the Coast 2050 Plan. The two entities envisioned that a series of feasibility reports
assessing restoration projects would be prepared over a 10-year period and
submitted to the U.S. Congress for funding through the Water Resources
Development Act. The first feasibility report focused on barrier shoreline
restoration and marsh creation features in the Barataria Basin.

In 2002, the State of Louisiana and the USACE recognized that it would be more
efficient to develop a comprehensive restoration proposal for submittal to
Congress as a blueprint for future coastal restoration efforts in Louisiana. The
Louisiana–USACE effort, which included extensive participation from numerous
other Federal and State agencies and outside scientific advisors, culminated in a
January 31, 2005, report by the USACE’s Chief of Engineers to the Secretary of
the Army. That report recommended approval of the LCA Plan, including: a) 15
near-term critical restoration features (with Congressional authorization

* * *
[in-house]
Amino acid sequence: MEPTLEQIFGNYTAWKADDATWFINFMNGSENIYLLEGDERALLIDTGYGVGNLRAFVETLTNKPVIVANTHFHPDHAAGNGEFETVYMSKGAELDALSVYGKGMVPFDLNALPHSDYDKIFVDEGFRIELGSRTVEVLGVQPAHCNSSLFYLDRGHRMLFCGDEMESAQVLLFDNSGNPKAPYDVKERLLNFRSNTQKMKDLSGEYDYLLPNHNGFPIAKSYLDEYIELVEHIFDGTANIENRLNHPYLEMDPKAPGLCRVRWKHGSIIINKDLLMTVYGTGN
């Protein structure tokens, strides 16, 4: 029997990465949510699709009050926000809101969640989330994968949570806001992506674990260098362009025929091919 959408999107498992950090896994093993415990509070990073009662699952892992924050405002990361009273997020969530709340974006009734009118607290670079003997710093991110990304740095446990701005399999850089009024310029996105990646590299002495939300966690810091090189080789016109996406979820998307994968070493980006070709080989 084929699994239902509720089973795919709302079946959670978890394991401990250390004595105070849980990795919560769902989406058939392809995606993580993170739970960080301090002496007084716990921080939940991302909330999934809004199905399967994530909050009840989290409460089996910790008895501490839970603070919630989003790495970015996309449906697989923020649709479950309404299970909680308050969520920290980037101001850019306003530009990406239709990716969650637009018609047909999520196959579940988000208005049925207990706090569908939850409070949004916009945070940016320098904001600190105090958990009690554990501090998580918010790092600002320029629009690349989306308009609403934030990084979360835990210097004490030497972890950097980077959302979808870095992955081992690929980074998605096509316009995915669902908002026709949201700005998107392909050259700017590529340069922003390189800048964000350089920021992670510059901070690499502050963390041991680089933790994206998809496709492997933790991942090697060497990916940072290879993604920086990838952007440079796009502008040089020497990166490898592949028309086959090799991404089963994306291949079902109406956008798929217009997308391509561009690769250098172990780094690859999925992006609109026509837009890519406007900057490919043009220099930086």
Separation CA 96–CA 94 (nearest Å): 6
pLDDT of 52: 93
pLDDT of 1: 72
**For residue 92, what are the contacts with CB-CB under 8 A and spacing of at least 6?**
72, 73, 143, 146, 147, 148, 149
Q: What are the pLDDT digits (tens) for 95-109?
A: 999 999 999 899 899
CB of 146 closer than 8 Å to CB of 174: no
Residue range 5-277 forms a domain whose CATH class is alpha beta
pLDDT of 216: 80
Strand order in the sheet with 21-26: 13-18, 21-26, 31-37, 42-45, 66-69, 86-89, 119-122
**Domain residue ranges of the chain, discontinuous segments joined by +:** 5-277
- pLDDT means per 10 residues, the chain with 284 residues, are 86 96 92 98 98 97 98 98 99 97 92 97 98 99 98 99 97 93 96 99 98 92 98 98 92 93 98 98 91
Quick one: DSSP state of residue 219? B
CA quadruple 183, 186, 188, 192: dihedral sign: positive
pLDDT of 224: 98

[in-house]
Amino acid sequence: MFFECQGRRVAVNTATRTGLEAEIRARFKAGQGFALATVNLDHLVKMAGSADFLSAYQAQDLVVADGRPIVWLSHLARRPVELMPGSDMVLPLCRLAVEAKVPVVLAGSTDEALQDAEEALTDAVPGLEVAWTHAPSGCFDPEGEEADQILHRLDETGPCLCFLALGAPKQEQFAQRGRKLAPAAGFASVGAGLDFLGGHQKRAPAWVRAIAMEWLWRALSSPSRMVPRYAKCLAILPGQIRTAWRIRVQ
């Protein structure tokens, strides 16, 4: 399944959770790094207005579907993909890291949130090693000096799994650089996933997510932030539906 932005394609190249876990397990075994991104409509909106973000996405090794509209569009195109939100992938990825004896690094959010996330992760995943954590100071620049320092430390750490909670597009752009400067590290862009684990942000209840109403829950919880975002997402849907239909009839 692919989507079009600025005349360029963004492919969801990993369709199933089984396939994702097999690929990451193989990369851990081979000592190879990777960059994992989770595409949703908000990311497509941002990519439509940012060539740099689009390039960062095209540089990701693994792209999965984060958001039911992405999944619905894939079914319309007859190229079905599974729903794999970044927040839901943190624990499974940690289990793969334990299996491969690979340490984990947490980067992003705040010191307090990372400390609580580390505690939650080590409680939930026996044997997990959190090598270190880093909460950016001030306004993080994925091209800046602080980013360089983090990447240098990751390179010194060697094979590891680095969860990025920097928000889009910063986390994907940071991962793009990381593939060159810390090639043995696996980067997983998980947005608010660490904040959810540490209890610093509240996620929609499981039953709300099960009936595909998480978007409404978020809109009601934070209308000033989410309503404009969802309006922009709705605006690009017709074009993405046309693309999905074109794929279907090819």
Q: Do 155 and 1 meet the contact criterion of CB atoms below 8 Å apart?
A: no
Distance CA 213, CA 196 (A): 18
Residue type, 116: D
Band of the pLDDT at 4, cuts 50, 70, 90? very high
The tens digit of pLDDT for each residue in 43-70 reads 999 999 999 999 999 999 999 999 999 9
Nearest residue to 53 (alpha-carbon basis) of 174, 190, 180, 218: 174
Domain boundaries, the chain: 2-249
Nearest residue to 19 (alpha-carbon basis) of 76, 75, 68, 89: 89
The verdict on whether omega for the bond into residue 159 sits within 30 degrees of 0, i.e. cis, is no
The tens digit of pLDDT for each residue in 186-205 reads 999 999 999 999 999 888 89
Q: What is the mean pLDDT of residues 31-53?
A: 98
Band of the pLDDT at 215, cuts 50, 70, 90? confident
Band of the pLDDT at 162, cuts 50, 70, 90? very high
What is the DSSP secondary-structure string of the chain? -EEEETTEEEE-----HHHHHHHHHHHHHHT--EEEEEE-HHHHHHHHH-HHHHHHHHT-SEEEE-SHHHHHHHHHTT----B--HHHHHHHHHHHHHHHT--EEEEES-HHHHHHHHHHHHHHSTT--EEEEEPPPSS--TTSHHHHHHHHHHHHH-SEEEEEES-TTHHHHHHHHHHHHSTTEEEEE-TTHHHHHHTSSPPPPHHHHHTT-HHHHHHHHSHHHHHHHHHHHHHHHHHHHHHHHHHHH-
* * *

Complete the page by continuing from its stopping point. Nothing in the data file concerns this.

recommended for 5 features, and feasibility studies proposed for the other 10); b)
an LCA Science and Technology Program; c) programmatic authorization of
demonstration projects recommended by the LCA Science and Technology
Program; d) programmatic authorization for the beneficial use of material dredged
during Federal navigation channel maintenance, and for studies of changes to
existing water resources structures and/or their operation to meet LCA Plan
restoration objectives; and e) studies of large-scale, long-term coastal restoration
concepts.

The LCA Plan was included in Water Resource Development Act bills considered
during the previous session of Congress. The State intended to use CIAP funds as
the required non-Federal match on several features of the LCA Plan (such as
beneficial use of dredged material). Assistant Secretary of the Army (Civil
Works) John Paul Woodley, Jr., however, advised Governor Kathleen Babineaux
Blanco in an October 2, 2006, letter that the USACE lacked legal authority to
accept CIAP funds to meet non-Federal cost-sharing requirements.

LDNR has met several times with the CWPPRA Task Force and its Technical
Committee to encourage a CIAP/CWPPRA partnership designed to expedite
implementation of coastal restoration projects and facilitate their operation and
management. The CWPPRA Task Force approved, during its October 18, 2006,




                                     21
      meeting, a process for approving CWPPRA operations and maintenance funding
      for selected CWPPRA-designed projects that are constructed with CIAP funds.